Further state budget cuts will mean longer waits for cases to go through Minnesota’s court system, judicial leaders say, and small counties will be hardest hit.
For years, courts in the least populated counties have received more state funding per capita than larger counties. But on Thursday State Court Administrator Sue Dosal told the Senate Judiciary Budget Division that is ending.
She said the courts no longer can afford to give extra money to small counties.
That could mean some counties’ court offices would be open only when a judge is there. In many parts of the state, there often is no judge in a county.
The change, made because the number of court employees is shrinking, will be phased in over three years, Dosal said.
"Fewer people means less services," she said. "Delays and backlogs already are building across the state."
Gov. Tim Pawlenty recommends that the courts be cut $13.7 million as he tries to plug a $1.2 billion state budget deficit.
Legislative leaders expect to begin looking at what to cut in many budget areas as early as next week, but committee Chairman Leo Foley, DFL-Coon Rapids, said he did not want to move backward to a time when case backlogs were bigger than in recent years.
Dosal said a cut the size Pawlenty wants would result in elimination of 77 positions, on top of 250 that have been cut recently. She said that would leave the court staff 13 percent smaller than needed.
All of that means Minnesotans with cases in courts throughout Minnesota will experience much longer waits. For instance, Judge David Knutson of Dakota County said that in some areas judges now are scheduling simple divorces for September.
Court Administrator Tim Ostby, who serves two west-central Minnesota districts, said his area will be hit the hardest. Those two areas already have cut 60 percent of their management jobs, he said, and more court counters will close more often.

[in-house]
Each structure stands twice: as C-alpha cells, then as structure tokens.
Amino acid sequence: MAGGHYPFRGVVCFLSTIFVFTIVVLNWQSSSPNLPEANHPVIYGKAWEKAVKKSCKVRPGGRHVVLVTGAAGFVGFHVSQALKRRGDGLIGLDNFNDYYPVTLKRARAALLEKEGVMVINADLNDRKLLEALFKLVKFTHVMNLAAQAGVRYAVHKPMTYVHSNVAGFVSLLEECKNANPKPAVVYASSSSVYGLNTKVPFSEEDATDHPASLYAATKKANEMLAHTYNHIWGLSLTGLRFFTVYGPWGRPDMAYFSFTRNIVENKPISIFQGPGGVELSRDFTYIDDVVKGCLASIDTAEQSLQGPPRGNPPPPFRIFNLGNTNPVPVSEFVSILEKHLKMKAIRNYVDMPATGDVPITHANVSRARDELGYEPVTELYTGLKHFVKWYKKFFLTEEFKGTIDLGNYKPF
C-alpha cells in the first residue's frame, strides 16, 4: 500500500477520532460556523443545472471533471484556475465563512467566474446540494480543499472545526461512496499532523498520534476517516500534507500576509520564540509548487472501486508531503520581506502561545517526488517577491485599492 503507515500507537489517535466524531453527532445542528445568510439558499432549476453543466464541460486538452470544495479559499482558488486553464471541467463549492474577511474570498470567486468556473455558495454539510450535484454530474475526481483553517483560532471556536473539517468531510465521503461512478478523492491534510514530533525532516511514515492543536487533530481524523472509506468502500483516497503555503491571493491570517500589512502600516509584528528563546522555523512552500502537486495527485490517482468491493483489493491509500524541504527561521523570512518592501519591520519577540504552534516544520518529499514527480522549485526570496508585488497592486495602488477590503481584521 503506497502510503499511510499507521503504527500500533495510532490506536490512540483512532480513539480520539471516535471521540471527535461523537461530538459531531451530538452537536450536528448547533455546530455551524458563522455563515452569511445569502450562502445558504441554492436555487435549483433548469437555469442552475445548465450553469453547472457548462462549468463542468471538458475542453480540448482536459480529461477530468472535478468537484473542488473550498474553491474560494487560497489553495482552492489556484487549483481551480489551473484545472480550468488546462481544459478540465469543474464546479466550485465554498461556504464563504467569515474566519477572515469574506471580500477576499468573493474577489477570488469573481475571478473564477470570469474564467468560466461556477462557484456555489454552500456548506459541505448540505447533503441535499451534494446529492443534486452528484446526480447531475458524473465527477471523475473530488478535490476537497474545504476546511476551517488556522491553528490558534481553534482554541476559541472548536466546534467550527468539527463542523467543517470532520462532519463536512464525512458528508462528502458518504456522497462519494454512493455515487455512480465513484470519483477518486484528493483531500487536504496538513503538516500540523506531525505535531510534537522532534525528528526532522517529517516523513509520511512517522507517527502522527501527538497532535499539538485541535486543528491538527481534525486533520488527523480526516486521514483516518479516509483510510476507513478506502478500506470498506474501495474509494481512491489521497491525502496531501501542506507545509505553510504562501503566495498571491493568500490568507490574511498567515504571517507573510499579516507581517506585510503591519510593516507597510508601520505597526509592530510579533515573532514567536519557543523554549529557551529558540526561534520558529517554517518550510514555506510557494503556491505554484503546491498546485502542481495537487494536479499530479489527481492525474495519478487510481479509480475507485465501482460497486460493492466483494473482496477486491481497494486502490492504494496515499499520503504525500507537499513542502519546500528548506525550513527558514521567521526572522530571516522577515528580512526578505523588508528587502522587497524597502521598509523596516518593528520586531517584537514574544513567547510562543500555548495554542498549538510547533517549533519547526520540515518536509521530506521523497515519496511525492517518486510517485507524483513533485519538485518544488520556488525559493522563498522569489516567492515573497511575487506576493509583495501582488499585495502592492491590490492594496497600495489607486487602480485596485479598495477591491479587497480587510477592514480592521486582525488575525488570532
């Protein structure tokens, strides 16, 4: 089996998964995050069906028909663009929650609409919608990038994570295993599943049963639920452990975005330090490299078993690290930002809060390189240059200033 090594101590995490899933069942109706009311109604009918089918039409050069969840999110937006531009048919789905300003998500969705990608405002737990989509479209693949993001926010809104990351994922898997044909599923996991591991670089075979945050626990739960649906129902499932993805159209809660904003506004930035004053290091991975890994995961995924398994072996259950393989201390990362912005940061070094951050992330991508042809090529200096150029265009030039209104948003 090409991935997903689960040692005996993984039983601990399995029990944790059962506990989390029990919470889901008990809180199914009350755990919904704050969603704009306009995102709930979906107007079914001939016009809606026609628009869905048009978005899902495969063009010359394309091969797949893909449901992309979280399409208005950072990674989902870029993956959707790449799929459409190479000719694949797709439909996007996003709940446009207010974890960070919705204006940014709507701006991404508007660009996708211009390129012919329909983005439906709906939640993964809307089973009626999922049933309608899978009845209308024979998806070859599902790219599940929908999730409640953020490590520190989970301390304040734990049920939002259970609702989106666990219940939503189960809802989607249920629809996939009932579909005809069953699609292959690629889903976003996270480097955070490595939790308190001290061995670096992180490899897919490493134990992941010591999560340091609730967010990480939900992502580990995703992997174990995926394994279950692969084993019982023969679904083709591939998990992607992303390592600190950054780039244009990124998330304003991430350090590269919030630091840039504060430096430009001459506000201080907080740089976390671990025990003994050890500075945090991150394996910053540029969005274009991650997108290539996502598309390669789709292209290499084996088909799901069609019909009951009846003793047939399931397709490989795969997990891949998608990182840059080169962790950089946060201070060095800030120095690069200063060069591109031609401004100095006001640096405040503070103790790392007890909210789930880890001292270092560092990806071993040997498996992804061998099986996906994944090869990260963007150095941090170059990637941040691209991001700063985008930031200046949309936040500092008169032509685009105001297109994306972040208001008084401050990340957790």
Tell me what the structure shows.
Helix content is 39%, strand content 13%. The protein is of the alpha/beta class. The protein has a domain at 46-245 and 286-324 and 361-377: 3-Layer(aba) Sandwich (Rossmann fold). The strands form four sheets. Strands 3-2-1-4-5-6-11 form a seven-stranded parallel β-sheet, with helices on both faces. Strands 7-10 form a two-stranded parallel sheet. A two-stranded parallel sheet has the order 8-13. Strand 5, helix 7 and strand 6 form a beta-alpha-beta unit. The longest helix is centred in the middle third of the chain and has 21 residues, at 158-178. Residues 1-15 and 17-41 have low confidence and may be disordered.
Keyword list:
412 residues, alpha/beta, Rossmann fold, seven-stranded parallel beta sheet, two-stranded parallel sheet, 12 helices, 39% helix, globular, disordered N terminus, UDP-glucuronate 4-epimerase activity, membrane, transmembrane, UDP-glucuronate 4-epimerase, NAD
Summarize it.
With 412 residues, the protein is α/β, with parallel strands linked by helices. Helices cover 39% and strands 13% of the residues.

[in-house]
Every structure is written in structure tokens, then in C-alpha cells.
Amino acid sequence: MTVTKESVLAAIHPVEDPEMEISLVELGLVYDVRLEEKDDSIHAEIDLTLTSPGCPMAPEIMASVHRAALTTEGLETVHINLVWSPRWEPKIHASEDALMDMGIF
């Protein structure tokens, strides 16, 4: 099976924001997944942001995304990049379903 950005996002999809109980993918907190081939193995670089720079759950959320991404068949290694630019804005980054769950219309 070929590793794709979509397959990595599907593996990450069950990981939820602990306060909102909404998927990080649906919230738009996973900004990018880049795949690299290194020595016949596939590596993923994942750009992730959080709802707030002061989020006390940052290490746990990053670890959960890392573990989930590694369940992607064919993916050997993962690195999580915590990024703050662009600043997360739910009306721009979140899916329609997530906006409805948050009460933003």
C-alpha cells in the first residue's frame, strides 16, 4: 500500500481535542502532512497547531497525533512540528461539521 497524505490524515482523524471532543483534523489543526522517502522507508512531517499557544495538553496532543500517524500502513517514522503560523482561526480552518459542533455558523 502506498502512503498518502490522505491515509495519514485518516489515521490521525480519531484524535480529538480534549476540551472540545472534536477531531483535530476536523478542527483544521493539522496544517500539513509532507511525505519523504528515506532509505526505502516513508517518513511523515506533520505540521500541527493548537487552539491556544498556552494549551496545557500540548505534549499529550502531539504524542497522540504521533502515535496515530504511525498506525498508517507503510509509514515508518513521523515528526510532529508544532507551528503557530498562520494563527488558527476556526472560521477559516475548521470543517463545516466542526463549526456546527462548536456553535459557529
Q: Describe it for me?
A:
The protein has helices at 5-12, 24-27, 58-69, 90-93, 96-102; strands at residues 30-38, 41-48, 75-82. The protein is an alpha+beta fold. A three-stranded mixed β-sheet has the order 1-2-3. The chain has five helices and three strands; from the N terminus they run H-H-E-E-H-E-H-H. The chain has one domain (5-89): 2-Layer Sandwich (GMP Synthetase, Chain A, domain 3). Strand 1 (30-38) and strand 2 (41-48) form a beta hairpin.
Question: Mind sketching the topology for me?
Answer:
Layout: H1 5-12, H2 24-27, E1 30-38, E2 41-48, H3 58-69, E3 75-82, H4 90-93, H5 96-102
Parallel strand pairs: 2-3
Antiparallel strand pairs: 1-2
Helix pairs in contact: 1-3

The 8th Judicial District — which includes Willmar, Granite Falls and Morris — will have cut 20 percent of its staff even before the Legislature and Pawlenty make their newest cuts, Ostby said.
"Further cuts will result in layoffs," Ostby said.
Rural judges already use television connections to remotely hold some hearings, so judges do not have to travel.
Sen. Don Betzold, DFL-Fridley, asked if the Appeals Court needs to continue traveling around the state to hear cases.
Chief Judge Edward Toussaint said state law requires an appeals case to be heard in the area where it was in District Court so people involved can attend.
Toussaint said that before the Legislature increased the number of Appeals Court judges from 16 to 19 in 2007, the court had 741 cases on its waiting list. That number dwindled to 198 this month, but it is on its way back to the 2007 level, he warned.
About seven Appeals Court clerk positions have been cut. Each handled 35 cases a year, cases that will be delayed if they cannot be replaced, the chief judge said.